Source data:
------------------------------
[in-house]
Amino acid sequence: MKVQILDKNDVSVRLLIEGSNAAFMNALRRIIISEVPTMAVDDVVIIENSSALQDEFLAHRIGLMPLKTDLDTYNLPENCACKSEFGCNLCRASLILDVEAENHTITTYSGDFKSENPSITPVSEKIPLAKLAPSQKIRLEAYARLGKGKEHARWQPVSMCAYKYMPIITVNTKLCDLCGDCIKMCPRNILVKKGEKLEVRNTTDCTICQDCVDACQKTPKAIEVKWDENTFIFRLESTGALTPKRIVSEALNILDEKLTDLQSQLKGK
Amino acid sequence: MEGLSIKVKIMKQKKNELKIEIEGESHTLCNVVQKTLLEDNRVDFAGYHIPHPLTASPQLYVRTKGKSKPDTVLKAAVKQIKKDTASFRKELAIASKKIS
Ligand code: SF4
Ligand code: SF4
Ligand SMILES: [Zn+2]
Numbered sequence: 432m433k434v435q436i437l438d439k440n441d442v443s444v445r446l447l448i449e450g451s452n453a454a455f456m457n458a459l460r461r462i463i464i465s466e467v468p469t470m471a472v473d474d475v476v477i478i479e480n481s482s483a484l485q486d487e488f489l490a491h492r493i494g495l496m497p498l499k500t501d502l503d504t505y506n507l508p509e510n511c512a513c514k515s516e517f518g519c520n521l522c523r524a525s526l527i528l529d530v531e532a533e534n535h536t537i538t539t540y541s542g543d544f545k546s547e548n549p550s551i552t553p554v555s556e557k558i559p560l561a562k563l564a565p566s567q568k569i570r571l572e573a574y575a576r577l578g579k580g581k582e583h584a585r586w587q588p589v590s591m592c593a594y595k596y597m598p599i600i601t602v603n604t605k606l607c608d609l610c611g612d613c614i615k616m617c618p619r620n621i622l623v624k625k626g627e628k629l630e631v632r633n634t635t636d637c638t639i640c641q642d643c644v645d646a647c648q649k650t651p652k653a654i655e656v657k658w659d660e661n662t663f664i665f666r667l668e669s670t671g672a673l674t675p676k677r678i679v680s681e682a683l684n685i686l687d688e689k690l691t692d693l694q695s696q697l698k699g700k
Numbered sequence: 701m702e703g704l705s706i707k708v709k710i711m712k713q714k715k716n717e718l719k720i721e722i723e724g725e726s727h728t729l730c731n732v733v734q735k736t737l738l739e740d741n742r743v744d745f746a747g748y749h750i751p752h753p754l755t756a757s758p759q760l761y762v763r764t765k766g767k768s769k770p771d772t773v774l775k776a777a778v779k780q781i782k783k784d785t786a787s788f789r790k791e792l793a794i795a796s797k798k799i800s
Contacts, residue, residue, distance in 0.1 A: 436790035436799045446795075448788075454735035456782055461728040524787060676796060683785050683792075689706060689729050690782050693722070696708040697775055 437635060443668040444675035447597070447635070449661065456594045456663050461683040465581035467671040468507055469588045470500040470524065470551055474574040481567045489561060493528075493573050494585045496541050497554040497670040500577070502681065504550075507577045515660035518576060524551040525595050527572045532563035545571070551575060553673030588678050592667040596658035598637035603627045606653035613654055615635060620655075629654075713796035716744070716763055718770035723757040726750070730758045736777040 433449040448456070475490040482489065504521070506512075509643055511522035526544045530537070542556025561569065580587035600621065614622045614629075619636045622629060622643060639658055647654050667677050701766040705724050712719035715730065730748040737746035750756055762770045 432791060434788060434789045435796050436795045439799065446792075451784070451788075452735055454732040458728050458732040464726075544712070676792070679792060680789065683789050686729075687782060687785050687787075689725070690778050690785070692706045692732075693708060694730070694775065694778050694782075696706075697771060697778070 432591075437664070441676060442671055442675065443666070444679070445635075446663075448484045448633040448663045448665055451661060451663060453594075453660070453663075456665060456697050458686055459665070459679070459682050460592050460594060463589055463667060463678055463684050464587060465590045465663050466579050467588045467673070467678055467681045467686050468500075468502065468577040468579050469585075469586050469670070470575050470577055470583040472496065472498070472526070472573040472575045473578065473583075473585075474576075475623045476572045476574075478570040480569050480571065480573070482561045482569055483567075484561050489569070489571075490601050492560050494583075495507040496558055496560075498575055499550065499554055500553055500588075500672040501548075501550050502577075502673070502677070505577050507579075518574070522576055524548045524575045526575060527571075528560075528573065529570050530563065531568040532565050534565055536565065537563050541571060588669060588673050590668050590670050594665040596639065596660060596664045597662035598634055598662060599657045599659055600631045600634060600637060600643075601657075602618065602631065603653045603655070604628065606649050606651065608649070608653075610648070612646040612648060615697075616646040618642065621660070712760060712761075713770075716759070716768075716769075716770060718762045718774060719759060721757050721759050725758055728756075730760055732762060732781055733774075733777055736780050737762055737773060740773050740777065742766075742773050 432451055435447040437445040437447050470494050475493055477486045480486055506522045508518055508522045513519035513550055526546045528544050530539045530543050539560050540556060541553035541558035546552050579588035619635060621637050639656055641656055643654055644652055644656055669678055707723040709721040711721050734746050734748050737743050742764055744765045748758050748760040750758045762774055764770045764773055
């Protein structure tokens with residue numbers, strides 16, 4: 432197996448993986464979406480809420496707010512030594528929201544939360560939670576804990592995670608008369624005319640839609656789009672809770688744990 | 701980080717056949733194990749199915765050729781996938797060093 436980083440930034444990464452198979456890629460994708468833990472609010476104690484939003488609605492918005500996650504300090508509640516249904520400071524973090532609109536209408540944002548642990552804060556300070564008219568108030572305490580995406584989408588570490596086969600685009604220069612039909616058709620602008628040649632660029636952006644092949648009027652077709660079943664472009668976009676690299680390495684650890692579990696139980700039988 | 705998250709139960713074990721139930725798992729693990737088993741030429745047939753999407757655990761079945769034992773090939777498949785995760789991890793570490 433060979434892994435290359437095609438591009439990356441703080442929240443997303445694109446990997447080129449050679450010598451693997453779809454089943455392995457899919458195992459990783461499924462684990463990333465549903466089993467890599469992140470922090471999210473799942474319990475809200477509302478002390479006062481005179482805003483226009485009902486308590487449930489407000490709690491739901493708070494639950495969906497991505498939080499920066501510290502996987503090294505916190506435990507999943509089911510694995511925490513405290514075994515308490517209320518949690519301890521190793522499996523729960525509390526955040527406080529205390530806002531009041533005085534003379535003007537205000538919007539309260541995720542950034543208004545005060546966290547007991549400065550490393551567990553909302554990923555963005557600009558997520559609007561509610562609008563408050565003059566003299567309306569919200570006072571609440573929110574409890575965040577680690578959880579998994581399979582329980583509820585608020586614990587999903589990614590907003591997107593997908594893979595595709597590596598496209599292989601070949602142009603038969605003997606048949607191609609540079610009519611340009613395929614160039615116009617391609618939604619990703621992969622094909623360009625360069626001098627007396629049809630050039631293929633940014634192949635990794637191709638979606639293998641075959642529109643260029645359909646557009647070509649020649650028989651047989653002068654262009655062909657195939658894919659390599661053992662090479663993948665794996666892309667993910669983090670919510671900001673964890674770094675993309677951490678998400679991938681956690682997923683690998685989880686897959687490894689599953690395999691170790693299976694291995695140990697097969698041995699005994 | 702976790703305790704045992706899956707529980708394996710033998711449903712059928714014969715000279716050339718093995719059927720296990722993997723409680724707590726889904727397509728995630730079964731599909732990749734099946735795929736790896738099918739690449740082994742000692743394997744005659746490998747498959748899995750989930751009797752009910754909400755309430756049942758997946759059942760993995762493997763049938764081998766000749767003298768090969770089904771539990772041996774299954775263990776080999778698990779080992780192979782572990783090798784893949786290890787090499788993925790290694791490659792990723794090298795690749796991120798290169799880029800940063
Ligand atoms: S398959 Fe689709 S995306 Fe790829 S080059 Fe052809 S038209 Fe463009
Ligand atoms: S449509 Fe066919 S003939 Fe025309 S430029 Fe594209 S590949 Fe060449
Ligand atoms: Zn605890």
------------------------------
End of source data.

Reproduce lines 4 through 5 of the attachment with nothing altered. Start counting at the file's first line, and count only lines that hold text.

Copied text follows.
Ligand code: SF4
Ligand code: SF4